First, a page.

Bushland suffers 'long, painful death' in prolonged drought
BANKSIAS were one of the first things to perish as the prolonged drought has caused bushland in the region that was once green be blemished by brown, dying trees.
Stanthorpe Rare Wildflower Consortium secretary Liz Bourne labelled it a "long, slow and painful death" for the bushland as she had never seen the landscape in such a state in her 26 years in the region.
Many long-term residents are telling her the same thing.
Melaleucas and heathland bushes are among the dying species but Ms Bourne has also never seen bees and insects swarm to her bird baths like she has in recent times.
Roadkill is also at a high, as wildlife search for feed.
"It's one thing to lose plants you've planted in your garden, it's another thing to see the bush dying," Ms Bourne said.
"It's not like everything has died but it's enough to notice.
"There's droughts in plenty of places in Australia but I haven't seen any reporting on the amount of dying vegetation as we have here."
Ms Bourne, a keen orienteer, spends a lot of time in forests, but the sight around Stanthorpe is unrivalled.
She said the consortium had been running wildflower tours for well over 10 years, but she's not sure if they will run this spring.
"I don't think they've ever experienced conditions, well not in human times, anything like the drought that we've had," she said.
It rained a little bit before the snow at Stanthorpe last week and Ms Bourne said she had noticed some trees starting to resprout.
But she was concerned about the long-term recovery of the plants as she didn't think they had experienced such dry conditions before.
"In Girraween there's a real concern that, even before the fire the plants were stressed, it's whether it can recover from the combination of drought and fire," Ms Bourne said.
"A lot of the trees would have very deep roots, several metres, so there's obviously nothing down there for them.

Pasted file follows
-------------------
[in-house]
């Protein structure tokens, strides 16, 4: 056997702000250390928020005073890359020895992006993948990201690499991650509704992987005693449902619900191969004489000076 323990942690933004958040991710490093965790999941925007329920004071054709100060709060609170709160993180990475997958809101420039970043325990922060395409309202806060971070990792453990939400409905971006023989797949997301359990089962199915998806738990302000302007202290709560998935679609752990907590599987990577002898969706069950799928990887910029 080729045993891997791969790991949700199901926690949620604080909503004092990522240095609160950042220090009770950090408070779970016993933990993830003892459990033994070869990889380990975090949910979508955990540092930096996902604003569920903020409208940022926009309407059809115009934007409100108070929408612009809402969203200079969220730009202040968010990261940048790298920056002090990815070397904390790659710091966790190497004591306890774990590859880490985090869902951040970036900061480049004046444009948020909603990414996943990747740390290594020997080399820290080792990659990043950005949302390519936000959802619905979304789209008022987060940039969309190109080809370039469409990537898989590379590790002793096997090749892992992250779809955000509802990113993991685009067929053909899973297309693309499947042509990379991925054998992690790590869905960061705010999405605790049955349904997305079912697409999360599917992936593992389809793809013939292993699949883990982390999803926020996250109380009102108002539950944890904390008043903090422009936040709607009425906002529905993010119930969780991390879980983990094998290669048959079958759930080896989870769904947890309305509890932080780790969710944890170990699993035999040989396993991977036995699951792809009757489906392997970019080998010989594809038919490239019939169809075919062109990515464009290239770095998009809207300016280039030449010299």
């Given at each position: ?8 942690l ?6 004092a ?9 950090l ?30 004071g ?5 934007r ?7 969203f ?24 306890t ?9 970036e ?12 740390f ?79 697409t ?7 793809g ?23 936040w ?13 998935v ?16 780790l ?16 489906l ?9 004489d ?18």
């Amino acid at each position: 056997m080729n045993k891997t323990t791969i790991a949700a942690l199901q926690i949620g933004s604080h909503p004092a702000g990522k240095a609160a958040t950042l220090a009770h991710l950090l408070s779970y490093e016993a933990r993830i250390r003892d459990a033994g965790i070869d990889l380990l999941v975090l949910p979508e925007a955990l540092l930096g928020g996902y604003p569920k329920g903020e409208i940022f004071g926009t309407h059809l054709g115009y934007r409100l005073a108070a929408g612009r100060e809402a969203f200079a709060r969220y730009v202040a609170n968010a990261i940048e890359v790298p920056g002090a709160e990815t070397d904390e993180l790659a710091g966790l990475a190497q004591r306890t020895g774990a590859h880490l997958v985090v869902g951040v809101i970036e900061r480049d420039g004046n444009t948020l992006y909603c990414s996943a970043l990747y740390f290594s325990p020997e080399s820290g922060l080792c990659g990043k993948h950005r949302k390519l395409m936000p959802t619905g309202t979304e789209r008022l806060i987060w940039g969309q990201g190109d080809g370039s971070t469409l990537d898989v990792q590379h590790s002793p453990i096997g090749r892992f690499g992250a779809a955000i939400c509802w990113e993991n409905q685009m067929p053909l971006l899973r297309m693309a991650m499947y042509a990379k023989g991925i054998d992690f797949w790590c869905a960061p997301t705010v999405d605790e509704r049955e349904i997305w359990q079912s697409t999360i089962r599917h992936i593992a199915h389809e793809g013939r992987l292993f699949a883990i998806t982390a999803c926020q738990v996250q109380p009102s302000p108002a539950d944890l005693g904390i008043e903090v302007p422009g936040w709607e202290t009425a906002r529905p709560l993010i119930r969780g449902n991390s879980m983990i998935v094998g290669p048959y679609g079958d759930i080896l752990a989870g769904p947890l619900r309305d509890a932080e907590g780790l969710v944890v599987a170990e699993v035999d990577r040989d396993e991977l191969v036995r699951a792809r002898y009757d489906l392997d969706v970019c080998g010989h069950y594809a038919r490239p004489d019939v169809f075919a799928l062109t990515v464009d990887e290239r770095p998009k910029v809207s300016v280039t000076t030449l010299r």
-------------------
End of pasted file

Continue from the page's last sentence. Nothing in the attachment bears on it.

"Hopefully there's enough seed in the top soil to regenerate and maybe some of them may still have root stock that's alive."
Compounding the concern is the prospect of heading into spring and summer with no rain.
With the amount of leaf litter that is falling from the trees, it will cause a higher fuel load and make the landscape more susceptible to fire, Ms Bourne said.
Every second tree dying in Warwick
TREES on the Granite Belt aren't the only ones succumbing to the relentless drought.
Warwick Mobile Towers owner Andrew Lomas agrees the drought is having a major impact on trees, as he says every second tree around the countryside is either dying or dead.
Pines and conifers are the main species needing removal.
Mr Lomas said while he'd always been busy, he was removing more dead trees than he'd done before.
"We have been taking out quite a lot of dead pines that have survived everything up until now," he said.
"We've even seen trees like crepe myrtles that are tough as nails and we've seen those dying."
Some eucalypt that were already on the edge of survival due to mistletoe have also died.
Mr Lomas said pines and conifers were not built for the Australian climate but he feared for other trees in the coming months.
"I'll be very worried if we don't get some rain at the latest by late spring or early summer," he said.
"A lot more of the smaller stuff and the bigger stuff will start to pan out because there's just no water.
"Exotic species that don't naturally grow in Australia will be more vulnerable.
"Then probably our big eucalypts will probably be the last to go because that's their natural habitat so they're used to having dry times and lean times."